The combined company's balance sheet strength "opens up the door to large, transformational assets that we would not be able to participate in before individually," Pinecrest CEO Wade Becker told a conference call Wednesday to discuss the transaction.
Pinecrest is focused on the Red Earth area of north-central Alberta while Spartan is involved in the Cardium light oil formation in central Alberta and the Bakken light oil region in southeast Saskatchewan.
The new firm, which may operate under a different name, will be led by Becker and the existing Pinecrest (TSXV:PRY) management team.
Spartan (TSX:STO) CEO Richard McHardy will join the merged company's board at closing, as will current Spartan director Don Archibald.
Both Becker and McHardy said they'd long been looking at assets that would complement their companies' existing holdings. Time and again, Spartan's emerged as a good choice for Pinecrest and vice-versa.
"We don't see this as a sale transaction. We see this as a transaction where we're building something that's better than either of the two companies individually," said McHardy.
"This is a transaction which started out with some casual conversations and then turned into more serious conversations in a short period of time. And when it came together, it became abundantly obvious that this was a transaction that benefited both groups of shareholders."
Becker said he sees the new company chasing after large, oil-in-place assets that have been familiar to both himself and McHardy throughout various roles in the oilpatch.
"They're assets that we have coveted, looked at, bid on," he said.
"It's those types of assets that, frankly, don't come up for sale very often, but I think we're at a point in time with some industry pressure on balance sheets that some quality assets are shaking loose."
Under terms of the deal, Pinecrest is to acquire all of the outstanding common shares of Spartan on the basis of 2.738 common shares of Pinecrest for each outstanding Spartan share.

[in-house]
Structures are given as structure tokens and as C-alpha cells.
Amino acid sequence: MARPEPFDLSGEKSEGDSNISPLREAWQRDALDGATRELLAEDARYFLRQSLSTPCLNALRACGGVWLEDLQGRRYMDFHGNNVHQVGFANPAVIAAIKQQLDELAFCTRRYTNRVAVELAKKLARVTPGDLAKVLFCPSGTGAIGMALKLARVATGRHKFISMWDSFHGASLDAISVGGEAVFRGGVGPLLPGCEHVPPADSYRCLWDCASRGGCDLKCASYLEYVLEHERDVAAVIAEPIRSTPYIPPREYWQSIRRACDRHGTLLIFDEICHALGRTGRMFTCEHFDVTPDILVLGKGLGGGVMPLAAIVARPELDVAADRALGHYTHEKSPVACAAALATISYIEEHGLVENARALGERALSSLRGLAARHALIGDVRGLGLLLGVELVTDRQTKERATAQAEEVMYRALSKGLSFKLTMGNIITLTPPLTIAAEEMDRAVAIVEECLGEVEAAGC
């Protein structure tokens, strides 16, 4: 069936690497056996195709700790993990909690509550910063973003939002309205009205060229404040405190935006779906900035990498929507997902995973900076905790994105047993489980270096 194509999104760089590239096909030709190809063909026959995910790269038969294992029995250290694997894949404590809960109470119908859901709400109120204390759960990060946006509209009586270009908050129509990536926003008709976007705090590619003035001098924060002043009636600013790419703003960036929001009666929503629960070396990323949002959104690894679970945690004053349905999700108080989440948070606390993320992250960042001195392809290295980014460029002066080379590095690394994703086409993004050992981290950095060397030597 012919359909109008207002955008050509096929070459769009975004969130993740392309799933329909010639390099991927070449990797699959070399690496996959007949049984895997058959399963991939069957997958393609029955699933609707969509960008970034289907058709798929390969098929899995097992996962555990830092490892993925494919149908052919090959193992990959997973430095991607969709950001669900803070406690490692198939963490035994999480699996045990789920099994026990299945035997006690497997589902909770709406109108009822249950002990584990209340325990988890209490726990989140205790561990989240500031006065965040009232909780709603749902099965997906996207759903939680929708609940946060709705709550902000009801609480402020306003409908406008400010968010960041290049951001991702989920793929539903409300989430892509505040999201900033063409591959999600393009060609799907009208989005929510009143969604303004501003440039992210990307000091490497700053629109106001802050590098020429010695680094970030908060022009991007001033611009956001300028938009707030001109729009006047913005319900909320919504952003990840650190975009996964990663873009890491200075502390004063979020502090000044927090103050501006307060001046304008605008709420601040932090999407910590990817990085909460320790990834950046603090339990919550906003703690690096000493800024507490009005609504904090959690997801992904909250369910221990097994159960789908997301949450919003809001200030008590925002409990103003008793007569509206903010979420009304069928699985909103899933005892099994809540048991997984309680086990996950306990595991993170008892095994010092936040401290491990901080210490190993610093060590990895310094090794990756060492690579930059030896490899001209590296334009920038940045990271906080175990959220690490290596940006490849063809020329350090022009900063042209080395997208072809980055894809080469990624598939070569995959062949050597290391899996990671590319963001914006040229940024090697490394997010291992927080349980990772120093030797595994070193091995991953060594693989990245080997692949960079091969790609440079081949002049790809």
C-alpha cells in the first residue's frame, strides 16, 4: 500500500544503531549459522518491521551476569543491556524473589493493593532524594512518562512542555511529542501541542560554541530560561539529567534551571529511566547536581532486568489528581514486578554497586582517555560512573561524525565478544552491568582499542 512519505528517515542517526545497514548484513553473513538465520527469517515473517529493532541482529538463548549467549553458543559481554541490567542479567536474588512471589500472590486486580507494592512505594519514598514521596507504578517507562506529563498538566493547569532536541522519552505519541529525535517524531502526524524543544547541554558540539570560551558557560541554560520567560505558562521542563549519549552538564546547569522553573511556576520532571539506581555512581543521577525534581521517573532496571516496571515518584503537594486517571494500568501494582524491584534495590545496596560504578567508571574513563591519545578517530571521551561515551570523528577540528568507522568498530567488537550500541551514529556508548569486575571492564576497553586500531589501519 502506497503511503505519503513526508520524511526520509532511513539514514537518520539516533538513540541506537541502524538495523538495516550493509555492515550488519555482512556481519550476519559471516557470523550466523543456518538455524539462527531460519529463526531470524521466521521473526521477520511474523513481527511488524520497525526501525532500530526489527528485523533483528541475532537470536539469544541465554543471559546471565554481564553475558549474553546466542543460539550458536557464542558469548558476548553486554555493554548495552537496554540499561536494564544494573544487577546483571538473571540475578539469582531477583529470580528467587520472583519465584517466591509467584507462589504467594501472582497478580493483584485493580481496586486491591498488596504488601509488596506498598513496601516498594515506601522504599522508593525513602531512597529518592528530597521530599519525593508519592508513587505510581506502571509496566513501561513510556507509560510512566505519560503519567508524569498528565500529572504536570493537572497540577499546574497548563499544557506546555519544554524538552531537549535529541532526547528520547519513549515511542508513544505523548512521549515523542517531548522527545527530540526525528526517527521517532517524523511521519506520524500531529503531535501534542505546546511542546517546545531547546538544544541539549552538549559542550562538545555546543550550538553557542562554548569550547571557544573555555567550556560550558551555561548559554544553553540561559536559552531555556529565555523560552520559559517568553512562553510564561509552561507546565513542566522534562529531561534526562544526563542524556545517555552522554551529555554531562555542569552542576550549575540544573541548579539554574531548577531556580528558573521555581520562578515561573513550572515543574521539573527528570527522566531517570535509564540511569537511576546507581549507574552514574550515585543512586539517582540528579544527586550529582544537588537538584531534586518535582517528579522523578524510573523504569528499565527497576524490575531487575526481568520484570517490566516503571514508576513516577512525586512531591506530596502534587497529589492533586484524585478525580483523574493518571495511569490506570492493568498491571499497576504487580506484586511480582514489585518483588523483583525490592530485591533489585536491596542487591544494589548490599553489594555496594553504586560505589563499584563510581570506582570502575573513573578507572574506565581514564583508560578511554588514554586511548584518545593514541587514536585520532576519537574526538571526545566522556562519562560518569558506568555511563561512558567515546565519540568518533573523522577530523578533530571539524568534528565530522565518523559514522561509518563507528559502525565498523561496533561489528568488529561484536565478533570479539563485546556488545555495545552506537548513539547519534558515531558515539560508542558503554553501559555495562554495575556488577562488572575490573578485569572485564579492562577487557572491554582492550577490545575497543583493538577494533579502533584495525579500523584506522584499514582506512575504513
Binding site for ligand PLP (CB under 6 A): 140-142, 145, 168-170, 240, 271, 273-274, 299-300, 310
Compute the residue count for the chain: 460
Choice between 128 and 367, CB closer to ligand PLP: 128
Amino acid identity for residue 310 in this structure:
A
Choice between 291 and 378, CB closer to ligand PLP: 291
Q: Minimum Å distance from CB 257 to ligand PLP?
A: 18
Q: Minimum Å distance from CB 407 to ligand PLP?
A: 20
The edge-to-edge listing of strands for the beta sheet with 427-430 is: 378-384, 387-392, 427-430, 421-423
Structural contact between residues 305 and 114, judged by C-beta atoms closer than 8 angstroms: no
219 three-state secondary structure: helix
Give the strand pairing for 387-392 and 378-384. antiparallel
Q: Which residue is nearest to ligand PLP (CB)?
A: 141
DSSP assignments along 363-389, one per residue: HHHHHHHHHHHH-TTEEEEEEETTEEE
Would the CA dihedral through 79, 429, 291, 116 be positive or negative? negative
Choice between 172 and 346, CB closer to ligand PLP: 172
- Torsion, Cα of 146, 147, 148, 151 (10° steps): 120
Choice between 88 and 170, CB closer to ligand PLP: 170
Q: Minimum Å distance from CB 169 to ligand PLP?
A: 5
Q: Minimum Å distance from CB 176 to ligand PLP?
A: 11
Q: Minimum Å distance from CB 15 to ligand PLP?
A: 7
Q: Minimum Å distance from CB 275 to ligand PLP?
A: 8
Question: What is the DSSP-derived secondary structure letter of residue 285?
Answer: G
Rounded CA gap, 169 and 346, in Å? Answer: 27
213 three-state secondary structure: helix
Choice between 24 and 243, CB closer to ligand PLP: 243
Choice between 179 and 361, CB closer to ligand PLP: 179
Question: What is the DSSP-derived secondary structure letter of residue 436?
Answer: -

The exchange ratio represents a price of $5.12 per Spartan share and $1.87 per Pinecrest share, based on their Tuesday closing prices.
The companies see the combined entity having an enterprise value of close to $1 billion, taking into account Spartan's stock market value of just under $427 million, Pinecrest's stock market value of $400 million and net debt at the time of closing.
Production in 2013 is expected to be relatively flat compared with the combined 9,600 barrels of oil per day both firms anticipate churning out this year.
When the deal closes, and prior to a proposed three-for-one share consolidation, the combined company will have approximately 513.4 million shares outstanding with Spartan shareholders owning approximately 49 per cent.
Meanwhile, Pinecrest said its board plans an initial annualized dividend of 0.155 per share, which translates to an annual yield of 8.3 per cent based on its pre-announcement share price.
"As it seems to be soup du jour in the Canadian oilpatch, the combined company will form a yield-plus-growth entity," Desjardins Securities analyst Tim Murray wrote in a note to clients.
"We view the combination of the two premier light oil growth companies positively. Although the combined entity currently has a good platform to roll out a yield-plus-growth model, we believe the key to long-term sustainability will be reducing corporate declines, improving capital efficiencies beyond the growth model, prudent management of the balance sheet and an active hedge book."
The deal is subject to approval by at least two-thirds of shareholders of both companies as well as regulatory and court approvals.
Directors and officers of Spartan, who collectively hold approximately 27 per cent of that company's shares have agreed to support the deal as have directors and officers of Pinecrest, who collectively hold approximately 24 per cent.
Both have agreed not to solicit competing bids, have been granted the right to match competing proposals and agreed to $12.5-million non-completion fees under certain circumstances.
Pinecrest shares closed down six cents to $1.81 on the TSX Venture Exchange, while Spartan shares sank 5.7 per cent, or 29 cents, to $4.83 on the senior exchange. The two companies were among the most heavily traded on the two markets.